Tuesday, July 05, 2022

War of words: Scrabble players are being censored

For some of us, world war has already broken out. Since 1 January, when a decision to ban 419 ‘offensive’ Scrabble words became ‘law’ on the orders of game owners Hasbro and Mattel, the previously genteel world of competitive Scrabble has become riven with hostility.

The conflict started three years ago when the North American Scrabble Players Association polled its members about the issue. After more than 1,000 ‘passionate responses’, it decided to inflict a word cull. According to the association’s head John Chew, the 91-year-old game needed to be ‘more inclusive’: ‘How can we tell prospective members they can only play with us if they accept that offensive slurs have no meaning when played on a board?’

But the ban on hundreds of words has left many players – particularly my fellow travellers in the London Scrabble league – seething. There have been bitter spats, ruptured friendships and high-profile resignations. Author Darryl Francis quit the World English-Language Scrabble Players’ Association in protest, saying: ‘Words in dictionaries and Scrabble lists are not slurs. They only become slurs if used with a derogatory purpose or intent or used with a particular tone and context. Words in our Scrabble lists should not be removed for PR purposes disguised as promoting some kind of social betterment.’

Those who aren’t resigning or arguing are moaning incessantly. And not just because the diktat has robbed them of some useful high-scoring words such as bufty, gammat and lubra. All three have now been deemed capable of causing offence, even though most people have no idea what they mean.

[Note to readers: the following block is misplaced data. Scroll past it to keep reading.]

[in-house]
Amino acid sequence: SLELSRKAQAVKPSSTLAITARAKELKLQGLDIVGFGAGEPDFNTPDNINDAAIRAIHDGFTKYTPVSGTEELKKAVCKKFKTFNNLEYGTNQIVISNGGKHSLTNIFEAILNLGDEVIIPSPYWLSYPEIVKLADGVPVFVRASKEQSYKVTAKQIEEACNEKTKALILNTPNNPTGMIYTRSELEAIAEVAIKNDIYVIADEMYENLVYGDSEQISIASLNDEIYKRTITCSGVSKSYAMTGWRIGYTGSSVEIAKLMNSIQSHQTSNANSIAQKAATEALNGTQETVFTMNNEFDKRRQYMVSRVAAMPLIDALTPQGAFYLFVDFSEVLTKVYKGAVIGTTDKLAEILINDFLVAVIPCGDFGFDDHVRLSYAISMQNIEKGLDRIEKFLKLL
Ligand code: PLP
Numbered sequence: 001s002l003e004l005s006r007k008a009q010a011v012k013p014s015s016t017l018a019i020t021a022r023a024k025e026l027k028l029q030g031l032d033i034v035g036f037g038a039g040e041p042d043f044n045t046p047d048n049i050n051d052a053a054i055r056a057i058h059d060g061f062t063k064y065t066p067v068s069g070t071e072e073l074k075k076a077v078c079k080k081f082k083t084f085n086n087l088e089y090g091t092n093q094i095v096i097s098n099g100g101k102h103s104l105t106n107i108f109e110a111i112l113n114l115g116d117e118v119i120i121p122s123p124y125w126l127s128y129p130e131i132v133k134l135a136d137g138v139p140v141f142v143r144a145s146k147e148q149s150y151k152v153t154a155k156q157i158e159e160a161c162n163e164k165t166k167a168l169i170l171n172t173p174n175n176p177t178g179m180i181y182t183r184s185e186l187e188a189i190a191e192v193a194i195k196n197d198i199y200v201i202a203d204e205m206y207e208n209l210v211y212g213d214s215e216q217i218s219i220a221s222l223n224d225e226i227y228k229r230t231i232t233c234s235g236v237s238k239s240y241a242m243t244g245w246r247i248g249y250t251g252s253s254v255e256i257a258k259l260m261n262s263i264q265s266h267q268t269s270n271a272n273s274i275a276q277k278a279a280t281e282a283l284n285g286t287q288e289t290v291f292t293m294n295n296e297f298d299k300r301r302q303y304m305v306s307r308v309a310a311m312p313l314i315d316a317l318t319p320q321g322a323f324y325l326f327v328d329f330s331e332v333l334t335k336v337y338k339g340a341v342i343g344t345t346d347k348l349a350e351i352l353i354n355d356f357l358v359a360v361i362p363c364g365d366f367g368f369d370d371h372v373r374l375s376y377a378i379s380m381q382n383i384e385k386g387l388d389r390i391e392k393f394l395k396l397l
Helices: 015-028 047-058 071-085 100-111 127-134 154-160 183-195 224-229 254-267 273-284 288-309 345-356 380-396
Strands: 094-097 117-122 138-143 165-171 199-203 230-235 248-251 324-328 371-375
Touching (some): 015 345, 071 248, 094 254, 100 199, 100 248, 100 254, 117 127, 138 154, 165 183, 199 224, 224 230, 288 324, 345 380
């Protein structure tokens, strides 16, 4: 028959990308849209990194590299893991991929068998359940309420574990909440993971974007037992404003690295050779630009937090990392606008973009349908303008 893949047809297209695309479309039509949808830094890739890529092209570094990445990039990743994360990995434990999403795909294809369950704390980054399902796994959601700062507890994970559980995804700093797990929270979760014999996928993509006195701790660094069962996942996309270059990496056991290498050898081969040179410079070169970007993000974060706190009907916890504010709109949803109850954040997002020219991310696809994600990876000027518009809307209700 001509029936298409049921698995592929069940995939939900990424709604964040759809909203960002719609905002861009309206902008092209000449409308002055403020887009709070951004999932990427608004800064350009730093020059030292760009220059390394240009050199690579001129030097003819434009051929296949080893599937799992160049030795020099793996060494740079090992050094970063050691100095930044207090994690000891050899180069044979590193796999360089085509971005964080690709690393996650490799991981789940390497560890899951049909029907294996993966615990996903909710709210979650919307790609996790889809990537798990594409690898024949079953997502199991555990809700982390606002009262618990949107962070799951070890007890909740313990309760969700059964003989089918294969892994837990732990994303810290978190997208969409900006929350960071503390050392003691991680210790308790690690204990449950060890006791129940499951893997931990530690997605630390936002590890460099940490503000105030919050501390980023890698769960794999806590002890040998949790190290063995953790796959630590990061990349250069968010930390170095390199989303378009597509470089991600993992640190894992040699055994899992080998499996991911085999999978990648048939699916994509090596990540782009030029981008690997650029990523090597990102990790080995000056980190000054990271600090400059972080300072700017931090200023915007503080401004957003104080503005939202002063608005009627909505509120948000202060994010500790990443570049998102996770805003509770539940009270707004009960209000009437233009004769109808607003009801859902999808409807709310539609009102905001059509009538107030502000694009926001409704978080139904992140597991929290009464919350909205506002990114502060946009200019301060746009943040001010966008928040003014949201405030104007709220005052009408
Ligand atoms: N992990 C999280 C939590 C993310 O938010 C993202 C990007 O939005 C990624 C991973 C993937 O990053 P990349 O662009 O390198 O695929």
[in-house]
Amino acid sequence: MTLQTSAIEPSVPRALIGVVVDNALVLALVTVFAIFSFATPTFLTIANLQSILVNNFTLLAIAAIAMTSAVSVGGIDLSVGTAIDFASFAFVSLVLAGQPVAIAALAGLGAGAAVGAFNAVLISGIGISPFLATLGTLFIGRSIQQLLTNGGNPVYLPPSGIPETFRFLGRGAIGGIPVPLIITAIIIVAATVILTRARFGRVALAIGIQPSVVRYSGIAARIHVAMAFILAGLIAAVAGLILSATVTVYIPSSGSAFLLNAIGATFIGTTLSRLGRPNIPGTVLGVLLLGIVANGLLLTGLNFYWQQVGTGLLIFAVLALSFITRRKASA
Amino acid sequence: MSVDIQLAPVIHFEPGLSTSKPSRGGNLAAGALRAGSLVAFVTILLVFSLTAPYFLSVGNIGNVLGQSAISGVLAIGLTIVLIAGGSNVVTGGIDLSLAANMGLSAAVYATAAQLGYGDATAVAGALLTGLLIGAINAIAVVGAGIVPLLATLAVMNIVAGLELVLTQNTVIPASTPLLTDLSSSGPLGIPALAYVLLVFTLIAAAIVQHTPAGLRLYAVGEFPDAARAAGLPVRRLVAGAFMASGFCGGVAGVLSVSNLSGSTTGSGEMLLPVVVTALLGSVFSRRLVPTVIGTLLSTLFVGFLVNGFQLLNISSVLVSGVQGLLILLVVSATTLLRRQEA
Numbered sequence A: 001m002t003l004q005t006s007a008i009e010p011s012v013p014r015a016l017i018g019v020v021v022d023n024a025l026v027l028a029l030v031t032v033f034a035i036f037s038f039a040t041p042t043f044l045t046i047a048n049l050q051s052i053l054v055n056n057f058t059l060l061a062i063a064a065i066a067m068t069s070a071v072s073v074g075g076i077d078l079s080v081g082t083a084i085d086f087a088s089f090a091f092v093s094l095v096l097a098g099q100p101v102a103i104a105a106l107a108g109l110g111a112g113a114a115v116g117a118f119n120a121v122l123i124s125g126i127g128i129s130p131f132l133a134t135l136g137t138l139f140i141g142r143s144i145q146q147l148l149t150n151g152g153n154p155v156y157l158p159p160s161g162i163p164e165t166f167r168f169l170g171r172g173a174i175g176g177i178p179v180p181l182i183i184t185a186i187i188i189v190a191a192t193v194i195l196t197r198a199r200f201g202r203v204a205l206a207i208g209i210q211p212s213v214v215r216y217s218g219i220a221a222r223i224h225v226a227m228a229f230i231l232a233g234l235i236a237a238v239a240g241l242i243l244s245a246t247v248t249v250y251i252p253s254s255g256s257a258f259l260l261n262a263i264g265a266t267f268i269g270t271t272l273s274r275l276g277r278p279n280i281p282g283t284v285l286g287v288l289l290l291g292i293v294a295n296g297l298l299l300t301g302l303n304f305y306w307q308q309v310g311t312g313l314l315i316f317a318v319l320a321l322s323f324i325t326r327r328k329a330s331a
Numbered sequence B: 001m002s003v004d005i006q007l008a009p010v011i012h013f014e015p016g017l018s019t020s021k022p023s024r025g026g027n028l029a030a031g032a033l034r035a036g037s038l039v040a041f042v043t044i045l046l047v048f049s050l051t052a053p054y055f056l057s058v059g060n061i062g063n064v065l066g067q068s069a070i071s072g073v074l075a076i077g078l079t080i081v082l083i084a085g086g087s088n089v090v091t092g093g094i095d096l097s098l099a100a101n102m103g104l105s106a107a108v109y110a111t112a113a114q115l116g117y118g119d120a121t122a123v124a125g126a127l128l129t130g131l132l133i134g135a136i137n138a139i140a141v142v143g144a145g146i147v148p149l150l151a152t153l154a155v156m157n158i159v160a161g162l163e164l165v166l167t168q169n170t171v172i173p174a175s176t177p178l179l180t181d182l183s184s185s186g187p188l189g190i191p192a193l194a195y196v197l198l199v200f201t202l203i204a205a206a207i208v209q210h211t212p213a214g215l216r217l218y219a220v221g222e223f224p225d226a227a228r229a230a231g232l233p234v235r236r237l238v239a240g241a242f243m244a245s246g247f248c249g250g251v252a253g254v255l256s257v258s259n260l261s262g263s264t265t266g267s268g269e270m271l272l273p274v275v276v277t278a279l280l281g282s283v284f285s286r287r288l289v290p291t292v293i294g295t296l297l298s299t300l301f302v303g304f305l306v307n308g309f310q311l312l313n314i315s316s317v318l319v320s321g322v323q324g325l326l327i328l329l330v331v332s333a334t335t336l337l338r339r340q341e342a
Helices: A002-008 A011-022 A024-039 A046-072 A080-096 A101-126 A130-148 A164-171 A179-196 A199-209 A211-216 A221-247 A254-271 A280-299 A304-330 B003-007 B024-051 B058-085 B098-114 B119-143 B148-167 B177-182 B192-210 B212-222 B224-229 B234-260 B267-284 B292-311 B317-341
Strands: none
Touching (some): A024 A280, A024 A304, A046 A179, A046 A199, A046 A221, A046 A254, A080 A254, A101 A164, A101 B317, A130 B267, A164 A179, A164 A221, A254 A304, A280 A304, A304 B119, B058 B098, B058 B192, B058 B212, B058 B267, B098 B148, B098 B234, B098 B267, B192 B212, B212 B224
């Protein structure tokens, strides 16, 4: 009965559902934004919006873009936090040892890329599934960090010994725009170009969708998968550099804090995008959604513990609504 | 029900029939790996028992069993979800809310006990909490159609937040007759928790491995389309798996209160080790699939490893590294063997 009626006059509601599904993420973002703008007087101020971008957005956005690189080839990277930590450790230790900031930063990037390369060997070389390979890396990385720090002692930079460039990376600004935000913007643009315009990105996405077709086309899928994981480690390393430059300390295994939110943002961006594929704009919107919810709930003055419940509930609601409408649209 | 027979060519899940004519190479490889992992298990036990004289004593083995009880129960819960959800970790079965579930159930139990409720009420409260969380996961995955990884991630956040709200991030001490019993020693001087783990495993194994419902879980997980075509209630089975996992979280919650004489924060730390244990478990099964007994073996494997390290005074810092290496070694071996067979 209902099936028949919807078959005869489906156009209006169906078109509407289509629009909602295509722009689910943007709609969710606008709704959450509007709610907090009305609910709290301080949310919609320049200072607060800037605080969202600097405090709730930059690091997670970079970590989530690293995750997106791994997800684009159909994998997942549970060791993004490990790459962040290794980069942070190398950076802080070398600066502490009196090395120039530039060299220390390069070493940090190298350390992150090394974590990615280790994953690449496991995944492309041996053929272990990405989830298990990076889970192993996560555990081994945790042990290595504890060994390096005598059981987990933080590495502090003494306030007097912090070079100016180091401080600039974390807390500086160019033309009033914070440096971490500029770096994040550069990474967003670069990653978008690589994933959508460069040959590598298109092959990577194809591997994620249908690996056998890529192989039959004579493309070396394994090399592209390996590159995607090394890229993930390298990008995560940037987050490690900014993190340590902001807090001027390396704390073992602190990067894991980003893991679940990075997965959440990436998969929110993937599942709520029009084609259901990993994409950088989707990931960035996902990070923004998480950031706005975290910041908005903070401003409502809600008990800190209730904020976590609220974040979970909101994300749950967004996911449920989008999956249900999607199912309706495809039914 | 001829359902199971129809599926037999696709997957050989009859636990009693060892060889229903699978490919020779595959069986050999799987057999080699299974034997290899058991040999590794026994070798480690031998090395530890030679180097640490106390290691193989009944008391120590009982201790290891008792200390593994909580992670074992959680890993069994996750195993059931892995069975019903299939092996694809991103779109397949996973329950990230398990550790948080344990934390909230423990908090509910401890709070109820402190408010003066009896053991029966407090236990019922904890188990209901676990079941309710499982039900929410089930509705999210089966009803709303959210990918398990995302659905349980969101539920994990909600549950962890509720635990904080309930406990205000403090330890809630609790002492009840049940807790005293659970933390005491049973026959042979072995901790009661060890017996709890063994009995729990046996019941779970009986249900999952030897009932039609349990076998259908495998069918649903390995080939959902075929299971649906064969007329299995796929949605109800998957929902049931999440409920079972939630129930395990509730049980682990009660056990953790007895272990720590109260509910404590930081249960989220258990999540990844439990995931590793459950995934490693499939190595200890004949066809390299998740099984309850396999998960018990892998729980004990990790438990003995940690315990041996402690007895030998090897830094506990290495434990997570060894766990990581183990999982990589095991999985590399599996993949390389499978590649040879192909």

Because that is competitive Scrabble’s no. 1 trade secret: to succeed, you often use words whose meaning you don’t know. There are approximately 180,000 legitimate words – compared with the average person’s knowledge of 50,000 – and it is impossible to know the definition of them all.

Lubra, it turns out, is an outdated term for an Aboriginal woman and is considered offensive. I am glad I know that now, and I respect the fact that it causes offence. However, misusing it in conversation is one thing, but placing those five letters on a board is another. Gammat, by the way, refers to the accent of Cape Coloured people, and bufty is Scots slang for gay.



My other blogs. Main ones below:

http://edwatch.blogspot.com (EDUCATION WATCH)

http://antigreen.blogspot.com (GREENIE WATCH)

http://pcwatch.blogspot.com (POLITICAL CORRECTNESS WATCH)

http://australian-politics.blogspot.com/ (AUSTRALIAN POLITICS)

http://dissectleft.blogspot.com (DISSECTING LEFTISM)

https://immigwatch.blogspot.com/ (IMMIGRATION WATCH)

https://awesternheart.blogspot.com/ (THE PSYCHOLOGIST)



Stan B said...

The perpetually offended will not be satisfied until they scrub every English word from the "approved list," and for those in charge who hope to appease them by giving them an inch learned nothing from that poofter Chamberlain.

Anonymous said...

Stan B,

They won't be satisfied even the and THEY THEMSELVES will never stop using the words, it's only the "lesser mortals" who are to be castigated for daring to use a word that's reserved for their use. Their hatred of everything and everyone requires those words after all. The perfect example is the "N" word, their songs are populated with it and it hangs in their speech like ornaments but let it pass your lips and the world will end, for you.